27. Antoch G, Saoudi N, Kuehl H, Dahmen G, Mueller SP, Beyer T, et al. Accuracy of whole-body dualmodality fluorine-18-2-fluoro-2-deoxy-D-glucose positron emission tomography and computed
tomography (FDG-PET/CT) for tumor staging in solid tumors: comparison with CT and PET. J Clin
Oncol 2004 Nov 1;22(21):4357–68. [PubMed: 15514377]
28. Eubank WB, Mankoff DA, Schmiedl UP, Winter TC 3rd, Fisher ER, Olshen AB, et al. Imaging of
oncologic patients: benefit of combined CT and FDG PET in the diagnosis of malignancy. AJR Am
J Roentgenol 1998 Oct;171(4):1103–10. [PubMed: 9763005]
29. Picchio M, Sironi S, Messa C, Mangili G, Landoni C, Gianolli L, et al. Advanced ovarian carcinoma:
usefulness of [(18)F]FDG-PET in combination with CT for lesion detection after primary treatment.
Q J Nucl Med 2003 Jun;47(2):77–84. [PubMed: 12865867]
30. Sironi S, Messa C, Mangili G, Zangheri B, Aletti G, Garavaglia E, et al. Integrated FDG PET/CT in
patients with persistent ovarian cancer: correlation with histologic findings. Radiology 2004 Nov;
233(2):433–40. [PubMed: 15516617]
Nucl Med Commun. Author manuscript; available in PMC 2009 December 1.
Iagaru et al.
Page 7
NIH-PA Author Manuscript
31. Sironi S, Picchio M, Landoni C, Galimberti S, Signorelli M, Bettinardi V, et al. Post-therapy
surveillance of patients with uterine cancers: value of integrated FDG PET/CT in the detection of
recurrence. Eur J Nucl Med Mol Imaging 2007 Apr;34(4):472–9. [PubMed: 17106701]
32. Risum S, Høgdall C, Loft A, Berthelsen AK, Høgdall E, Nedergaard L, et al. The diagnostic value
of PET/CT for primary ovarian cancer-A prospective study. Gynecol Oncol 2007 Apr;105(1):145–
9. [PubMed: 17229460]
33. Nanni C, Rubello D, Farsad M, De Iaco P, Sansovini M, Erba P, et al. (18)F-FDG PET/CT in the
evaluation of recurrent ovarian cancer: a prospective study on forty-one patients. Eur J Surg Oncol
2005 Sep;31(7):792–7. [PubMed: 15893908]
34. Thrall MM, DeLoia JA, Gallion H, Avril N. Clinical use of combined positron emission tomography
and computed tomography (FDG-PET/CT) in recurrent ovarian cancer. Gynecol Oncol 2007 Apr;
105(1):17–22. [PubMed: 17208284]
35. Mangili G, Picchio M, Sironi S, Viganò R, Rabaiotti E, Bornaghi D, et al. Integrated PET/CT as a
first-line re-staging modality in patients with suspected recurrence of ovarian cancer. Eur J Nucl Med
Mol Imaging 2007 May;34(5):658–66. [PubMed: 17180659]
NIH-PA Author Manuscript
NIH-PA Author Manuscript
Nucl Med Commun. Author manuscript; available in PMC 2009 December 1.
Iagaru et al.
Page 8
NIH-PA Author Manuscript
Figure 1.
The sensitivities and specificities of PET/CT in ovarian cancer, based on overall, pelvic and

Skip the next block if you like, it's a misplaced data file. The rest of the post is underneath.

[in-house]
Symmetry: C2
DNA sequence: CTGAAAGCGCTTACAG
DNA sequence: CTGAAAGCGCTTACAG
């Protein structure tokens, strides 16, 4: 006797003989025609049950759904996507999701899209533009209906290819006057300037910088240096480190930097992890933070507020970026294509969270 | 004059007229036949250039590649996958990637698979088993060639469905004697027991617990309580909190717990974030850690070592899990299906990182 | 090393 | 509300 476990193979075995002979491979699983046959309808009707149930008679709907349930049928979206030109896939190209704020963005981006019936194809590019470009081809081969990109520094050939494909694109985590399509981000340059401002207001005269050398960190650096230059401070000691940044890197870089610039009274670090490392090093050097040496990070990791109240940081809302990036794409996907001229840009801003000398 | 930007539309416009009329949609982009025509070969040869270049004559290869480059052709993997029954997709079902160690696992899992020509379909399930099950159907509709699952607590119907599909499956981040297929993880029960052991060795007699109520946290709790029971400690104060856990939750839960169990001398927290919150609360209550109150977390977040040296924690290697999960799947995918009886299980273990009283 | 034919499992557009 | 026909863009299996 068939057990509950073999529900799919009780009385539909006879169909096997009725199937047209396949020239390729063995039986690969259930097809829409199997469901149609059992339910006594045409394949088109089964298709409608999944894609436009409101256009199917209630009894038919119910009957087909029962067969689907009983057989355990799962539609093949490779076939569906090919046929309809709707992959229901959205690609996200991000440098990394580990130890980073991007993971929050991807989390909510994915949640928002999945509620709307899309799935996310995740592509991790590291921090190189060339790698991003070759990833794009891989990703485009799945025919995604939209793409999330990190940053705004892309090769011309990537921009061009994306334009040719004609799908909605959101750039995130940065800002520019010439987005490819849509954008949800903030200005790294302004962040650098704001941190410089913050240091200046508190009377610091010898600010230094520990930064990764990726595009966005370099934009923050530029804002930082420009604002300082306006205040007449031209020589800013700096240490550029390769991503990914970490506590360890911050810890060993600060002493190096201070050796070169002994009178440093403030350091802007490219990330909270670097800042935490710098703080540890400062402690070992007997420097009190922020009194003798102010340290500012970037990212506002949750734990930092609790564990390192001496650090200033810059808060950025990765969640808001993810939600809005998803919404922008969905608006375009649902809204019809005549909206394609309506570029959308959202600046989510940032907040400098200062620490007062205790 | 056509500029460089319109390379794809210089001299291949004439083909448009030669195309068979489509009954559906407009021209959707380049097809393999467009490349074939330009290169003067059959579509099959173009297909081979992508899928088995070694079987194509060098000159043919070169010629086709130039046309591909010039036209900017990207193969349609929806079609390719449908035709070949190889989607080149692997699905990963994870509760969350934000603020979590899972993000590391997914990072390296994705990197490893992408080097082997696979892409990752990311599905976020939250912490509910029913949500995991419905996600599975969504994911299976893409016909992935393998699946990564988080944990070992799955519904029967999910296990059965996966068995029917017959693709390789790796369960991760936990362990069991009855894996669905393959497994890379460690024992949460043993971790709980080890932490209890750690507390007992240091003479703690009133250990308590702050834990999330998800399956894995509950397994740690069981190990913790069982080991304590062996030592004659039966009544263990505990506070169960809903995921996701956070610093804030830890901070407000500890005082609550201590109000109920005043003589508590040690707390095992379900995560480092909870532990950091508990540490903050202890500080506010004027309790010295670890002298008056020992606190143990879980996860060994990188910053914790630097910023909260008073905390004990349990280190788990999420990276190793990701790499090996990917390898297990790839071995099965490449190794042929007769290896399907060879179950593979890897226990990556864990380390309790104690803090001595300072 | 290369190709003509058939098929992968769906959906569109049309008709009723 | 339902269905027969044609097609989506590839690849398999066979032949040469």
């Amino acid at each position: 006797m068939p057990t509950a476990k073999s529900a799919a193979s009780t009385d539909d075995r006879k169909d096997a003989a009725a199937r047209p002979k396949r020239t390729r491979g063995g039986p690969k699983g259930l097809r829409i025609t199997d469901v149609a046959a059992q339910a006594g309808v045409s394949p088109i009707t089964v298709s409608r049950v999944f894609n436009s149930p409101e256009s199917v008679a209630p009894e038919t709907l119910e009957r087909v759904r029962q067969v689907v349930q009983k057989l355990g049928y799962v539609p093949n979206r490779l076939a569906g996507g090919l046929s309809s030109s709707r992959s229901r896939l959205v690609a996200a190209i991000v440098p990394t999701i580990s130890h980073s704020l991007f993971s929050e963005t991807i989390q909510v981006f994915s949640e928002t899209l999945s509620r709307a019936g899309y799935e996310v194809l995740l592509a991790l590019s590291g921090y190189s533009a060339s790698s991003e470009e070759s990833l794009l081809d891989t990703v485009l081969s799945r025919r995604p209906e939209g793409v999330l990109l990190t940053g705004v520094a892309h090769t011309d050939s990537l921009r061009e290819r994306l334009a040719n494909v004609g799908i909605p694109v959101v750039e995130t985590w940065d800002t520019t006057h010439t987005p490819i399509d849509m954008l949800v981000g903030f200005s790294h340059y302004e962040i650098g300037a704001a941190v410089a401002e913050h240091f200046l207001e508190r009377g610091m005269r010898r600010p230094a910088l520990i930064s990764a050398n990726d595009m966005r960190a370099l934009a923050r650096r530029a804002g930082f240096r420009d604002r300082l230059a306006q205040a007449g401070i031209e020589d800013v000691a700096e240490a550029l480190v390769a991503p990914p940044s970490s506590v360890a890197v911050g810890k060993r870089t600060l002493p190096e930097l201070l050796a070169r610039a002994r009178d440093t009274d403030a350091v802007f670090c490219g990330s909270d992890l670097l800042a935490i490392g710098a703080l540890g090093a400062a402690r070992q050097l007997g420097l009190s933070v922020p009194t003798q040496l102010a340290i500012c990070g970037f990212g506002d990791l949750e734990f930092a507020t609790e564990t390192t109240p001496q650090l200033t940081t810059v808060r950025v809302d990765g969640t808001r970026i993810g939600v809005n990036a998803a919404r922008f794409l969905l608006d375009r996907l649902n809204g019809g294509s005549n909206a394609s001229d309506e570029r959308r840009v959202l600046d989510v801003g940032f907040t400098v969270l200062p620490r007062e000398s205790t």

extra-pelvic lesion per patient analysis.
NIH-PA Author Manuscript
NIH-PA Author Manuscript
Nucl Med Commun. Author manuscript; available in PMC 2009 December 1.
Iagaru et al.
Page 9
NIH-PA Author Manuscript
Figure 2.
40-year-old woman with ovarian cancer. Transaxial PET, CT and fused PET/CT images
demonstrate metastases in the pelvis (arrowheads) and liver (arrows).
NIH-PA Author Manuscript
NIH-PA Author Manuscript
Nucl Med Commun. Author manuscript; available in PMC 2009 December 1.
Iagaru et al.
Page 10
NIH-PA Author Manuscript
NIH-PA Author Manuscript
Figure 3.
63-year-old woman with ovarian cancer. Transaxial PET, CT and fused PET/CT images show
peritoneal (black arrowheads), liver (white arrowheads) and vertebral (arrows) metastases.
NIH-PA Author Manuscript
Nucl Med Commun. Author manuscript; available in PMC 2009 December 1.
Iagaru et al.
Page 11
Table 1
Summary of the extra-pelvic lesions detected in the studied population.
NIH-PA Author Manuscript
NIH-PA Author Manuscript
Patient #
Extra-pelvic lesions
2
Mediastinal lymph nodes, peritoneum
6
Falciform ligament, peritoneum
7
Mediastinal lymph nodes, liver
8
Peritoneum, omentum, liver
10
Omentum
13
Liver, retroperitoneal lymph nodes
14
Peritoneum
16
Lung, liver
18
Left supraclavicular lymph node
20
Lung
21
Liver
22
Liver, retroperitoneal lymph nodes
23
Liver, peritoneum
24
Mediastinal lymph nodes, thoracic spine
26
Peritoneum
27
Liver, peritoneum, mediastinal lymph nodes
29
Lung, peritoneum
38
Liver, retroperitoneal lymph nodes
43
Liver, peritoneum, lumbar spine
NIH-PA Author Manuscript
Nucl Med Commun. Author manuscript; available in PMC 2009 December 1.
Document related concepts

Positron emission tomography wikipedia, lookup

Nuclear medicine wikipedia, lookup

Neutron capture therapy of cancer wikipedia, lookup

Medical imaging wikipedia, lookup

Image-guided radiation therapy wikipedia, lookup